energy-101.org: How about on a more national scale? Obviously that’s not your focus, but nationally is it a patchwork? How does it work? Is it state by state?

Tony: Yeah, it’s definitely a state-by-state situation. There’s no national legislation being proposed that I’m aware of. What we have in Michigan currently is the House Bill 5184. It’s an expansion. In my mind, they want to go back to 2001. We had 100% choice in 2001, but when you have a term-limited legislature, they don’t create a lot of new ideas. So they’re going back and recycling an old idea. And I just don’t see it any different than 2001. They’re arguing that, well, Michigan’s rates are high, is one of the big arguments, that we can drive down electric rates if there’s 100% choice. And we have all these alternative energy suppliers and you create competition and the price will go down. We didn’t see that to a large degree in 2001. We saw it to a small degree. And my argument to that is, the legislature in Michigan has mandated a renewable energy mandate, an energy conservation mandate, and last year we got a low-income, energy‑assistance surcharge on our bills. You want to lower the bills to Michigan businesses, let’s take off the charges the legislature’s put on the last 3 years. And forget this idea that didn’t work.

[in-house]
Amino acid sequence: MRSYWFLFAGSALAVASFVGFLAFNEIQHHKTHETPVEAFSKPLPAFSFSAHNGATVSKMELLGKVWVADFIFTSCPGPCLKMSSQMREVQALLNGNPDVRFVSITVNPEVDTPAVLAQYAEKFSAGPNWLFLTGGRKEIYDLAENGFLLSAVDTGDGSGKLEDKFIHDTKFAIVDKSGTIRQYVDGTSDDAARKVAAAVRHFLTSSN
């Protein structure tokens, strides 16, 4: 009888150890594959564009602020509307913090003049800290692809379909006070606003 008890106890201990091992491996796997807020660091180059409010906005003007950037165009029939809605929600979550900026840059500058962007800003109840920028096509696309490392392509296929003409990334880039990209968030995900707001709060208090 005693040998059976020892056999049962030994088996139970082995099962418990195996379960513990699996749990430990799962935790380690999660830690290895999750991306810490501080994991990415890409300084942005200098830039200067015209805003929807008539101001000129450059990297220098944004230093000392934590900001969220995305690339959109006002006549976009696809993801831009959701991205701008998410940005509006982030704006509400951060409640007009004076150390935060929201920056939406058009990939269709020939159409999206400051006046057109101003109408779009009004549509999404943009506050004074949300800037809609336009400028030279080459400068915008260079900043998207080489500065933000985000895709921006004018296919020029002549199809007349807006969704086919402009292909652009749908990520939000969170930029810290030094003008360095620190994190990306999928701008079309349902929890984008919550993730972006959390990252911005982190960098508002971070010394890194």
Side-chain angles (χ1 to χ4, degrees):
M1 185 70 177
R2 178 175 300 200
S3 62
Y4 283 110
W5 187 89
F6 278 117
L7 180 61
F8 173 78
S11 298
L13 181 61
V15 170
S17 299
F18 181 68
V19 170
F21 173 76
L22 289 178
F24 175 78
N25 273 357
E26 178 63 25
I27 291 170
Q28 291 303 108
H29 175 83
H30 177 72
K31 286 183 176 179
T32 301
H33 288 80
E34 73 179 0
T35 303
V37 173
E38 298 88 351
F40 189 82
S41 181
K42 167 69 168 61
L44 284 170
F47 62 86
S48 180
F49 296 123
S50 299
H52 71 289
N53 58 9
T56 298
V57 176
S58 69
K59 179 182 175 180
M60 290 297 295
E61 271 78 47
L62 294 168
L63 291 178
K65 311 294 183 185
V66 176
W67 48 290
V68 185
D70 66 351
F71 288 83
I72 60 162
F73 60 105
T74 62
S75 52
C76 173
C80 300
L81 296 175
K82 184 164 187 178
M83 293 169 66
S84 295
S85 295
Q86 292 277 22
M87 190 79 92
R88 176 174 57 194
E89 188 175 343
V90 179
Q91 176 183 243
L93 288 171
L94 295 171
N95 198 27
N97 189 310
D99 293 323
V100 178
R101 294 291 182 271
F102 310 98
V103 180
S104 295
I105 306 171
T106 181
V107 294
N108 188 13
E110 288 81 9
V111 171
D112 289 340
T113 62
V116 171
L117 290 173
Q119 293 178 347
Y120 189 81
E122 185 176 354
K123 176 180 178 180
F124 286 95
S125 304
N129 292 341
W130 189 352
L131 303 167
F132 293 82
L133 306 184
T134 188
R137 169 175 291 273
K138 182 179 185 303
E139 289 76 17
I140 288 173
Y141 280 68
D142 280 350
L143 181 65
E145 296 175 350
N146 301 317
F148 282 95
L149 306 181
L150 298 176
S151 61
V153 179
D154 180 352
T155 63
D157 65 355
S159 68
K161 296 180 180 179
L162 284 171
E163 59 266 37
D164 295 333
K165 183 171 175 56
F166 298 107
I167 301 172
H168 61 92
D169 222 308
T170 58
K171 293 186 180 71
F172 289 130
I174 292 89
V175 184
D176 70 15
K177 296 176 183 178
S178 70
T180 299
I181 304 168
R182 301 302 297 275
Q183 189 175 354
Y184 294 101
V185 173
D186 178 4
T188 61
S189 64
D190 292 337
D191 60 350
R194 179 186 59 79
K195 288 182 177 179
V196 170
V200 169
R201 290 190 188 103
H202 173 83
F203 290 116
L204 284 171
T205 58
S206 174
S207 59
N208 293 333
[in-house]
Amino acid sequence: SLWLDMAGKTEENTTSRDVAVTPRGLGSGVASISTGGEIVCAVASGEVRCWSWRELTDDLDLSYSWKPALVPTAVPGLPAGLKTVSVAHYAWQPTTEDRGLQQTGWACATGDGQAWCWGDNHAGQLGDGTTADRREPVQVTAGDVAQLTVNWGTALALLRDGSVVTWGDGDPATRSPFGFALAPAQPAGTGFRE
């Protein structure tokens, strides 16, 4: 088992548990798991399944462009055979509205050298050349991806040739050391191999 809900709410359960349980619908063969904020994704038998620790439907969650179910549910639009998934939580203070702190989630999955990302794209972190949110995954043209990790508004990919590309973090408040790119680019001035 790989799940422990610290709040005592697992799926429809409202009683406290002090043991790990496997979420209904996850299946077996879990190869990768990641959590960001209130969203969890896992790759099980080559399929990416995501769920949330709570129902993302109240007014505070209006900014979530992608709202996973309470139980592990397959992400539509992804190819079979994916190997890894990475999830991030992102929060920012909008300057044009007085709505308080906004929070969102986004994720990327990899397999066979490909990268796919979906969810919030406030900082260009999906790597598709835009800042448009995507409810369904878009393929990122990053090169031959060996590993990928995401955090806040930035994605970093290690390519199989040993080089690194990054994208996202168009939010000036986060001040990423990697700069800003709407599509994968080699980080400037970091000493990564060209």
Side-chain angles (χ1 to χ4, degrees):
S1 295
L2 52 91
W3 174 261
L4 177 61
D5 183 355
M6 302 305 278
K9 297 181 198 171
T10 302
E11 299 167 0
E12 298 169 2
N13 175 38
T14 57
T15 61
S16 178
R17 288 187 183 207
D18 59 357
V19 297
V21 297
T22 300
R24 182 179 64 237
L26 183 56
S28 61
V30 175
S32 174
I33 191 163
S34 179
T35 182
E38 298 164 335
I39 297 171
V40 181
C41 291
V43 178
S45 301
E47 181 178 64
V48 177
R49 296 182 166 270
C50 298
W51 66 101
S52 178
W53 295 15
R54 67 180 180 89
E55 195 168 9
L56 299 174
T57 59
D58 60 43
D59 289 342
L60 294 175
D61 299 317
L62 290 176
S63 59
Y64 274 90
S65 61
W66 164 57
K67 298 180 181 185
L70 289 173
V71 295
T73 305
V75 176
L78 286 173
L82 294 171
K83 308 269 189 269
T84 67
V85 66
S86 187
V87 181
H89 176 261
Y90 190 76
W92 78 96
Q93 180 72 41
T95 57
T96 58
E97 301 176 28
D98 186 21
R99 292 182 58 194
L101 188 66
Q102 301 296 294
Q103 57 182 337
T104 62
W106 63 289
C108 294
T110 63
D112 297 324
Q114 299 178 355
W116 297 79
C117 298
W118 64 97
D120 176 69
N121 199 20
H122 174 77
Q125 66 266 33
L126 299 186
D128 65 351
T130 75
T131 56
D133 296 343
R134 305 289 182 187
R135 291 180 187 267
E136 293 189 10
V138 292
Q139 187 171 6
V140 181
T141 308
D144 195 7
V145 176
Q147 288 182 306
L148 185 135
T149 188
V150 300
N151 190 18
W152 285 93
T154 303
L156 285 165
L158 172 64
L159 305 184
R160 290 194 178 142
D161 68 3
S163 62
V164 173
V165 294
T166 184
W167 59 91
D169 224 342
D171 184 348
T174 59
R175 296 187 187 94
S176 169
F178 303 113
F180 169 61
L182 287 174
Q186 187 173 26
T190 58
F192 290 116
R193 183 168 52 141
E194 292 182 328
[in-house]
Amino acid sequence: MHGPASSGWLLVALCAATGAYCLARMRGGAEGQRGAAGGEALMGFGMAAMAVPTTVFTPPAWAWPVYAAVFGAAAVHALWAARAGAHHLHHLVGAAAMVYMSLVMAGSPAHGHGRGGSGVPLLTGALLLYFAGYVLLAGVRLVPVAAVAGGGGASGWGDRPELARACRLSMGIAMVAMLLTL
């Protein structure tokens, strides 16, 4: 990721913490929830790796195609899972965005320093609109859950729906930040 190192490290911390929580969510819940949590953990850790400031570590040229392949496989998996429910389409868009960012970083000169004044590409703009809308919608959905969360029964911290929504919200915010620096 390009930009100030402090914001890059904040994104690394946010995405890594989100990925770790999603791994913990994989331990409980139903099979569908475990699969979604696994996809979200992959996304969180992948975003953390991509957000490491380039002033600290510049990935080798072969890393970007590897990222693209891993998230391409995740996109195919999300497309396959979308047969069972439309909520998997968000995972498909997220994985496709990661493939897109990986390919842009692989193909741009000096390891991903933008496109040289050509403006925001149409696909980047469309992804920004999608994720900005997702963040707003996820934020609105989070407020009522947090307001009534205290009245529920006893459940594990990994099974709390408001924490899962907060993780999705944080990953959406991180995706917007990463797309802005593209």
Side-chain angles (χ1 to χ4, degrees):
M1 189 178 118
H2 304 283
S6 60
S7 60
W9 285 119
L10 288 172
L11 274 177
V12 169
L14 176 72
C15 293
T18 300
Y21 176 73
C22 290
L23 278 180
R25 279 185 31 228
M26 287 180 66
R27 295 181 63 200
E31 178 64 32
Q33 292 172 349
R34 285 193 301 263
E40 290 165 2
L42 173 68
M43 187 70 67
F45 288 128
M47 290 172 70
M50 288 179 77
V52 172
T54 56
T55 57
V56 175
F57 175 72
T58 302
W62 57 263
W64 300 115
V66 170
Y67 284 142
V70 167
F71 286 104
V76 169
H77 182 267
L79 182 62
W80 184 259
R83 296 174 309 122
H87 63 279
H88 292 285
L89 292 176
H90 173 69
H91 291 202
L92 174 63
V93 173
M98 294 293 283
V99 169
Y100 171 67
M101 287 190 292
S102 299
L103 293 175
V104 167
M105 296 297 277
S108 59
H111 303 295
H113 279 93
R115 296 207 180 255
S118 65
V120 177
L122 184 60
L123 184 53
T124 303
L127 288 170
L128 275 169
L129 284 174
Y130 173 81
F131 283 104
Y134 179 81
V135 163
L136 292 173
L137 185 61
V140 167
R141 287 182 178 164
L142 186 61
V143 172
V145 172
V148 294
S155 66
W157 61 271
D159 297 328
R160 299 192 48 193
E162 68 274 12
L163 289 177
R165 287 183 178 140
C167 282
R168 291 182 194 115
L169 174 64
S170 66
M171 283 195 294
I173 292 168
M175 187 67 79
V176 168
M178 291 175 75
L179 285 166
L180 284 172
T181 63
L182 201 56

energy-101.org: But how is it possible that Consumers could arm themselves for that whole debate? I don’t quite understand how reliable… I mean how well you could believe it? It seems like it could be scammy.